In the U.S., smoking is one of the reasons people with chronic mental illness die up to 25 years earlier than the general population. Research indicates that adults in the U.S. living with mental illness have a smoking rate higher than adults without mental illness. In fact, tobacco use by people under treatment for mental disorders or substance abuse accounts for about 200,000 of the nation’s 480,000 tobacco-related deaths each year. Moreover, research has found that smokers with mental illness are as interested in quitting as the general population, but some mental health providers and institutions may not make smoking cessation a priority.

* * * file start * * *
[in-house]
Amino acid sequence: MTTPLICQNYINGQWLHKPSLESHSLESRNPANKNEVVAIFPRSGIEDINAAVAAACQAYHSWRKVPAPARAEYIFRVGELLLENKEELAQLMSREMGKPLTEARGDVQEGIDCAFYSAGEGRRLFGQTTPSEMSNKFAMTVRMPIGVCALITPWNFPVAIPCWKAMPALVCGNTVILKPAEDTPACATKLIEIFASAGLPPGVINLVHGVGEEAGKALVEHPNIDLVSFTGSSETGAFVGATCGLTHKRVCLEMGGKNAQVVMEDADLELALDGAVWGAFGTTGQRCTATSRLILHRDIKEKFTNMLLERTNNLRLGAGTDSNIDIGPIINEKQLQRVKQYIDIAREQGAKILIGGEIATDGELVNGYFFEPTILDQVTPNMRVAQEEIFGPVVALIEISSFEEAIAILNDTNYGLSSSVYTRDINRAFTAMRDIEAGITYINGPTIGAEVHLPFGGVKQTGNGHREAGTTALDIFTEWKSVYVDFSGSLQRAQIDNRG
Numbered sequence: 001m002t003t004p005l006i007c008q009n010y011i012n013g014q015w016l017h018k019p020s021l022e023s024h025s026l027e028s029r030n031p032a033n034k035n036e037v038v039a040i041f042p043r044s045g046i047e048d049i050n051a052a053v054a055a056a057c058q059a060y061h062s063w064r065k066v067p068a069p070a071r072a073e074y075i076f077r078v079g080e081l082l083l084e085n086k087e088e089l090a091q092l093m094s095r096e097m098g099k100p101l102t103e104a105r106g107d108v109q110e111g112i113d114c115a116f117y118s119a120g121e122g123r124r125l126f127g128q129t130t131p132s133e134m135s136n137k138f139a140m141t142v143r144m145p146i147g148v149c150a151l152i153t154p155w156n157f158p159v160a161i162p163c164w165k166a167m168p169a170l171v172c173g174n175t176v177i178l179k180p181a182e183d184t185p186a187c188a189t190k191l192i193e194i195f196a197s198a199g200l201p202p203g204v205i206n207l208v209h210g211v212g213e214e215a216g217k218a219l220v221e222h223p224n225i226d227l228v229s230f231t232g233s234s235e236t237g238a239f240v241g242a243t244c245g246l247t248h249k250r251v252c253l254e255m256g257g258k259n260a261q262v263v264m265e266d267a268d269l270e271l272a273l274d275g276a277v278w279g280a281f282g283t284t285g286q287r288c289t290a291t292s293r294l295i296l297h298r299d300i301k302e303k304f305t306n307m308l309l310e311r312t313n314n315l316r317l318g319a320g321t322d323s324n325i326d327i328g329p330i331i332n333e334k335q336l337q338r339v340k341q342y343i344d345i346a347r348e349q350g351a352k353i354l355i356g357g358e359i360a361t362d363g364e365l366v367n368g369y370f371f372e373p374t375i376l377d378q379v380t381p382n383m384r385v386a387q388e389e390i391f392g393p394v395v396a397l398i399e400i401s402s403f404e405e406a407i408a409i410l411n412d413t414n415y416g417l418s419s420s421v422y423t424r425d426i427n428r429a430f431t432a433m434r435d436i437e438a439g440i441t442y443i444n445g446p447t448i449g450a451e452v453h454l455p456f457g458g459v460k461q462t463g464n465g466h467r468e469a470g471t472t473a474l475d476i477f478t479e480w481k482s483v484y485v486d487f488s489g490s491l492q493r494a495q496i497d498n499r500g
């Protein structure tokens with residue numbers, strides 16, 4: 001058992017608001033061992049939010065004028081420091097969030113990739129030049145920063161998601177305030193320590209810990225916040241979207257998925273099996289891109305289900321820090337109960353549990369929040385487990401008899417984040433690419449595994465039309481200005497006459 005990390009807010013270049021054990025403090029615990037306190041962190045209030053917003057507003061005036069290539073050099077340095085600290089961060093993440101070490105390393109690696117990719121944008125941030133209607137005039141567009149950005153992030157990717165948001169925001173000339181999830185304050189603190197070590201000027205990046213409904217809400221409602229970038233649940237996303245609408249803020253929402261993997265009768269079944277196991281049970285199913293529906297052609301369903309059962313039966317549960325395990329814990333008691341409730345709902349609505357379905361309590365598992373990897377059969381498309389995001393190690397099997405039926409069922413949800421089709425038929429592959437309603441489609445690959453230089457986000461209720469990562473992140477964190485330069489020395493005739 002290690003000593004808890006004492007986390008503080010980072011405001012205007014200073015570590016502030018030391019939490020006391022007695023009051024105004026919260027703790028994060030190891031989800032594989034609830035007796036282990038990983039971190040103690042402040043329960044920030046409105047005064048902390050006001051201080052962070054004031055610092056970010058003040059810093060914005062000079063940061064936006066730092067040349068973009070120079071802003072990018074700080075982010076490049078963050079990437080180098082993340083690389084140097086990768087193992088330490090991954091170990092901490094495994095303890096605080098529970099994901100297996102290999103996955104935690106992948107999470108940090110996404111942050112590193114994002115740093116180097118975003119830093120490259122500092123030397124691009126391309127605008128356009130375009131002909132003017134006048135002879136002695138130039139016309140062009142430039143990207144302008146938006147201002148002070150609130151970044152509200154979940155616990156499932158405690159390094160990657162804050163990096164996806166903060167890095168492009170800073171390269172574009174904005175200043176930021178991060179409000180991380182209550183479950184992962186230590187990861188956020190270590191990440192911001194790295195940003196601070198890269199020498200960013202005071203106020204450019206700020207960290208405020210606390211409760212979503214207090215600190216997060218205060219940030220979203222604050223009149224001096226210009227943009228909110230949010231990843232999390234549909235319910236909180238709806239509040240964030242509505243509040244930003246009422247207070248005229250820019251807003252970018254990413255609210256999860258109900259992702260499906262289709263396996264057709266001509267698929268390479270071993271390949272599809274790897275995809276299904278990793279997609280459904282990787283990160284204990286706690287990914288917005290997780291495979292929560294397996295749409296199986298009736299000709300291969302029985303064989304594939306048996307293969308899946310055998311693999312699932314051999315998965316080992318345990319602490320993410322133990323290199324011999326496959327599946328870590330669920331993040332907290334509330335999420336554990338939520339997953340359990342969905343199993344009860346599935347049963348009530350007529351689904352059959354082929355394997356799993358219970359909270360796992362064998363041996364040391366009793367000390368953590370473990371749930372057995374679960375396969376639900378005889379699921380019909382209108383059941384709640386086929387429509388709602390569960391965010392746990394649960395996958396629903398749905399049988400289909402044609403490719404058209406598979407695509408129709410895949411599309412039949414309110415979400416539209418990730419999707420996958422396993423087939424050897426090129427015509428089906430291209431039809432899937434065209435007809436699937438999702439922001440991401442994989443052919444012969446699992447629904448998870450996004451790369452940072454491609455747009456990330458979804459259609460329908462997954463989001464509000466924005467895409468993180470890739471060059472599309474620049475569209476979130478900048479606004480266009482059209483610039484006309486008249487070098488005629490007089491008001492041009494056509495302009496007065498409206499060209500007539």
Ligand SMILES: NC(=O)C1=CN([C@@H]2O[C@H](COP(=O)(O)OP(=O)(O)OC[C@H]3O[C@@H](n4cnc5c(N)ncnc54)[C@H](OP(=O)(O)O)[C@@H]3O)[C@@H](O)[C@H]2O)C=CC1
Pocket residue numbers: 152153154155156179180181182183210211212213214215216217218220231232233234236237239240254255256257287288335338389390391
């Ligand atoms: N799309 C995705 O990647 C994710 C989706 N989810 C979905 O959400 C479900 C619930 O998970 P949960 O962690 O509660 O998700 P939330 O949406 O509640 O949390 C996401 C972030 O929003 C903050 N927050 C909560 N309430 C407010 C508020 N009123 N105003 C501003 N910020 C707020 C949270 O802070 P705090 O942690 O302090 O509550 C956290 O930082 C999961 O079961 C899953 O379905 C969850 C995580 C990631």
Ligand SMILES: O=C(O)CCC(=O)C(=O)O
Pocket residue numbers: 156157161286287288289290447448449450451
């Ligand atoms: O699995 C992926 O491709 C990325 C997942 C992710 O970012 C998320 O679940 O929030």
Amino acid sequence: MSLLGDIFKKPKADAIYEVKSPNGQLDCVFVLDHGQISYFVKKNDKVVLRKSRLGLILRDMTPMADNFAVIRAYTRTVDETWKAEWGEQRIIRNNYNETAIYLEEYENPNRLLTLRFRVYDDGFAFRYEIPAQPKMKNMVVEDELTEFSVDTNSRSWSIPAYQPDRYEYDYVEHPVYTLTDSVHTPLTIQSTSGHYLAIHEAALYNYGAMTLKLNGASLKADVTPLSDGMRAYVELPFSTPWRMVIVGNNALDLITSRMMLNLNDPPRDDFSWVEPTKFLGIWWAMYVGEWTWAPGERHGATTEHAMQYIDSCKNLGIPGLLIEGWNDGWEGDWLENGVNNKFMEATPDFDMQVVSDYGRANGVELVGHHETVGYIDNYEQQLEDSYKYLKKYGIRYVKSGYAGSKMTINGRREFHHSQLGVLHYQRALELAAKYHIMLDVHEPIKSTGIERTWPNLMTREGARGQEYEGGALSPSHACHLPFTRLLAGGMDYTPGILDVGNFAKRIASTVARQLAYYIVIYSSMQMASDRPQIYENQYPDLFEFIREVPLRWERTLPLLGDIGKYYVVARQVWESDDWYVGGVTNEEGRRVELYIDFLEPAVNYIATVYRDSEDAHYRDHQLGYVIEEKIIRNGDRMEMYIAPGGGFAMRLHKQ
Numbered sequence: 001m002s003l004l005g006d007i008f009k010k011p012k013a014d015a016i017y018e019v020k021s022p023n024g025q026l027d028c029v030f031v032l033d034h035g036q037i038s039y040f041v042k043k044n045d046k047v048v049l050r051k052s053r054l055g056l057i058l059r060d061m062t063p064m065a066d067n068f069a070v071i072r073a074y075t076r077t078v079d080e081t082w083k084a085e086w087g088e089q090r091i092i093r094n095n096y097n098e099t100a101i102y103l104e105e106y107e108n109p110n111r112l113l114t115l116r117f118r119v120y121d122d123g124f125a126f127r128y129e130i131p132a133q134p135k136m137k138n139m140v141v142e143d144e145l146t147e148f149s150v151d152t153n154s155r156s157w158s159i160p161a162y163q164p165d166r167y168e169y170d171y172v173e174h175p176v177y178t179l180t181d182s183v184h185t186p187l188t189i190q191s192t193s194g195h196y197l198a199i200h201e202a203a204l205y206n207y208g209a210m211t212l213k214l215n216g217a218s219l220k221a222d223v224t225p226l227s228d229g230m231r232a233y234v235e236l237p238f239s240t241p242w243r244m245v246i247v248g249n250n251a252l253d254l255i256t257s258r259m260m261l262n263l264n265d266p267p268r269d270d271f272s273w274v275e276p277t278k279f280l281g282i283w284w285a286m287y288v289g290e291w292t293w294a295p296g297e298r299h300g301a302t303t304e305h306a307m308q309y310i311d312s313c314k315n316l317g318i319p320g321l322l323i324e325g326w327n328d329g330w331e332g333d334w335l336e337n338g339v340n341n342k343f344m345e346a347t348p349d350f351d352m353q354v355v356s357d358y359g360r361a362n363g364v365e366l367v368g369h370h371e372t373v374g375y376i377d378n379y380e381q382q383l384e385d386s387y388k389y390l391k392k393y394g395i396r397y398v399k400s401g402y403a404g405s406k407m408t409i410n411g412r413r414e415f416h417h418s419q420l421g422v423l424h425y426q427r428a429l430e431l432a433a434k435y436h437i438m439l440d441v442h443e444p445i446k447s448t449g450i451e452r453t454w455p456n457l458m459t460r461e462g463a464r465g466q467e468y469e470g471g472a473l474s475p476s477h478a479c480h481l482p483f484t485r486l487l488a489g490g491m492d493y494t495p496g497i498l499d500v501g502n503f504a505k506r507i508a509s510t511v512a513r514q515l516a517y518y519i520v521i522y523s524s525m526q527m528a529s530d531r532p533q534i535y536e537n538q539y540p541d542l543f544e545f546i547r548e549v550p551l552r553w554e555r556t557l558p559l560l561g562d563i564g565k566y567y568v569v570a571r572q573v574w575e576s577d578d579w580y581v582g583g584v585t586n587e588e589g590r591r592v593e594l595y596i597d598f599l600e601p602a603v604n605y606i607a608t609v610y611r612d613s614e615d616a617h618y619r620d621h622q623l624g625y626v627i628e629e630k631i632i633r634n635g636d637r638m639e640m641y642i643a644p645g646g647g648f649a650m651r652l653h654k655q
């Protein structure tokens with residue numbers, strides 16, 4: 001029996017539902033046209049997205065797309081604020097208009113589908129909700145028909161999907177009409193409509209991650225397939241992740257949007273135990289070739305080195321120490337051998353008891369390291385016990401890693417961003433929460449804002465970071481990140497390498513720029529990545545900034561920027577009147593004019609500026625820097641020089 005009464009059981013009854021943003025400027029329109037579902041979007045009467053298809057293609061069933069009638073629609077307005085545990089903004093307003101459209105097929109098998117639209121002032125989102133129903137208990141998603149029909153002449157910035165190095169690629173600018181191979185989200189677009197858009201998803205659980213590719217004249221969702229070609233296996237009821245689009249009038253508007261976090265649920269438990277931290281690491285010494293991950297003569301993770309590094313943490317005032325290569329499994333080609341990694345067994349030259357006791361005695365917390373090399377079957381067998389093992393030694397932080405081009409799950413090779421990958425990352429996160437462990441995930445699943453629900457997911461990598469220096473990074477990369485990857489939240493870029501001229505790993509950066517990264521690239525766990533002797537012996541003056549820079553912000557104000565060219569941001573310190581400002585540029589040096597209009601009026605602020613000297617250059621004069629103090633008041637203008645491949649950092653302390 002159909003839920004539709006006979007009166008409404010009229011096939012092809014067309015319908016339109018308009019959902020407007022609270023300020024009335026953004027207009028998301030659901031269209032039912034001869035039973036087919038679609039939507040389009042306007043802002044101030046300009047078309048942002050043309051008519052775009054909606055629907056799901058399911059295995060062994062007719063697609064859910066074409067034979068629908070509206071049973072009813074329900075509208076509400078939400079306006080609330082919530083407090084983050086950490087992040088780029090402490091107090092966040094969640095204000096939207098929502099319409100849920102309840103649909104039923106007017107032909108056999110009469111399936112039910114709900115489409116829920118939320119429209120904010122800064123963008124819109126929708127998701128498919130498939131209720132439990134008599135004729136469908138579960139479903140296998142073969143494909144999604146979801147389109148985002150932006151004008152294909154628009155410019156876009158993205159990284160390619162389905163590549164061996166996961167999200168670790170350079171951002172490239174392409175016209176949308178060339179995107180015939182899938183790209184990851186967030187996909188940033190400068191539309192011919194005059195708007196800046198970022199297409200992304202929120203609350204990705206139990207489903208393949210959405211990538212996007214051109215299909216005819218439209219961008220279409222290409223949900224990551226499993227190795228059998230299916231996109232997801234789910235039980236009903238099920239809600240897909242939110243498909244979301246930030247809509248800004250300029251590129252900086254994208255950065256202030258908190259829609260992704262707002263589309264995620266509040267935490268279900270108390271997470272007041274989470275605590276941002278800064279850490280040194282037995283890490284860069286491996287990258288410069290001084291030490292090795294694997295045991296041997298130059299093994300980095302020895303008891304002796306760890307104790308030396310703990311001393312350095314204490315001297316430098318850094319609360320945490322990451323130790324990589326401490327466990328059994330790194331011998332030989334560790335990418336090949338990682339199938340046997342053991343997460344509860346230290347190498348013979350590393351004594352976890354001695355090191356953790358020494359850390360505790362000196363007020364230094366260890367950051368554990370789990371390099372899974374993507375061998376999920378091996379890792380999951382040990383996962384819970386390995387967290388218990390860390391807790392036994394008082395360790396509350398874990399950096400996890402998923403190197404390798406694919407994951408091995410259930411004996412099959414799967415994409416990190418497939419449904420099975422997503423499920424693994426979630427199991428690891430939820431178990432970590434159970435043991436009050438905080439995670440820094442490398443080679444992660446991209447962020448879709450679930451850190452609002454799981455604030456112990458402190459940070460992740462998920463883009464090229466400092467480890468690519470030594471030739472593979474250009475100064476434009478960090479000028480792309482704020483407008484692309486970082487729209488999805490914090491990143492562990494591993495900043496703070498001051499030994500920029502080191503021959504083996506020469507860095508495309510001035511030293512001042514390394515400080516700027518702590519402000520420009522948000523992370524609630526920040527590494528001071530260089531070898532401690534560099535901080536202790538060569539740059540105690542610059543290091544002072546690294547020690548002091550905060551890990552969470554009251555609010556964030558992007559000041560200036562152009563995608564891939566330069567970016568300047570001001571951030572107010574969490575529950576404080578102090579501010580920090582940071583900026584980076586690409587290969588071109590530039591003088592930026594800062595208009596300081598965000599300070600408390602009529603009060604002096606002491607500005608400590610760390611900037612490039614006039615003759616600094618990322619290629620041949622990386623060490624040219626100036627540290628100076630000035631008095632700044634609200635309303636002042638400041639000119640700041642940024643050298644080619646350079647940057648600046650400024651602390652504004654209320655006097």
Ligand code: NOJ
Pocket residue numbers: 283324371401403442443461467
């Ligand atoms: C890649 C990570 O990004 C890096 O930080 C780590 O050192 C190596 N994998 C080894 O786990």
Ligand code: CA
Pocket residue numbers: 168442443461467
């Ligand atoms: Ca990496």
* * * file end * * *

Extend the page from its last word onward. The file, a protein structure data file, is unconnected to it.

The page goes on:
Challiyil Eswaramangalath Vipin from Chalakudy, India [CC BY-SA 2.0 (https://creativecommons.org/licenses/by-sa/2.0)], via Wikimedia Commons

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